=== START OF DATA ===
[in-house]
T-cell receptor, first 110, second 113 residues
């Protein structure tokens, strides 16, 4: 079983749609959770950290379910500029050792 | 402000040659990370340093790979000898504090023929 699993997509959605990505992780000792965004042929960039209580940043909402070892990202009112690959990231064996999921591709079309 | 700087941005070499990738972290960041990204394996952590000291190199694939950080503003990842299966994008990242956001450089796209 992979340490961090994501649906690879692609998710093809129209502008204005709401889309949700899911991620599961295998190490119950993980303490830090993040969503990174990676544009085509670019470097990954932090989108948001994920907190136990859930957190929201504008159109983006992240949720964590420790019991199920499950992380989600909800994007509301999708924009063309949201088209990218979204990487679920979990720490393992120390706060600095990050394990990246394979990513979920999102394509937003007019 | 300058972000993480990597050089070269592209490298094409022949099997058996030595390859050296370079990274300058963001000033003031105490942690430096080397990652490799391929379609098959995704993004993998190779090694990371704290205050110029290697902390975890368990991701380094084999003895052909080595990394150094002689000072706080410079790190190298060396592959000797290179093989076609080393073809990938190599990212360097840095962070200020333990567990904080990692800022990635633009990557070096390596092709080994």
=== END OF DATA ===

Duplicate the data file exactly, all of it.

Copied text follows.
[in-house]
T-cell receptor, first 110, second 113 residues
């Protein structure tokens, strides 16, 4: 079983749609959770950290379910500029050792 | 402000040659990370340093790979000898504090023929 699993997509959605990505992780000792965004042929960039209580940043909402070892990202009112690959990231064996999921591709079309 | 700087941005070499990738972290960041990204394996952590000291190199694939950080503003990842299966994008990242956001450089796209 992979340490961090994501649906690879692609998710093809129209502008204005709401889309949700899911991620599961295998190490119950993980303490830090993040969503990174990676544009085509670019470097990954932090989108948001994920907190136990859930957190929201504008159109983006992240949720964590420790019991199920499950992380989600909800994007509301999708924009063309949201088209990218979204990487679920979990720490393992120390706060600095990050394990990246394979990513979920999102394509937003007019 | 300058972000993480990597050089070269592209490298094409022949099997058996030595390859050296370079990274300058963001000033003031105490942690430096080397990652490799391929379609098959995704993004993998190779090694990371704290205050110029290697902390975890368990991701380094084999003895052909080595990394150094002689000072706080410079790190190298060396592959000797290179093989076609080393073809990938190599990212360097840095962070200020333990567990904080990692800022990635633009990557070096390596092709080994």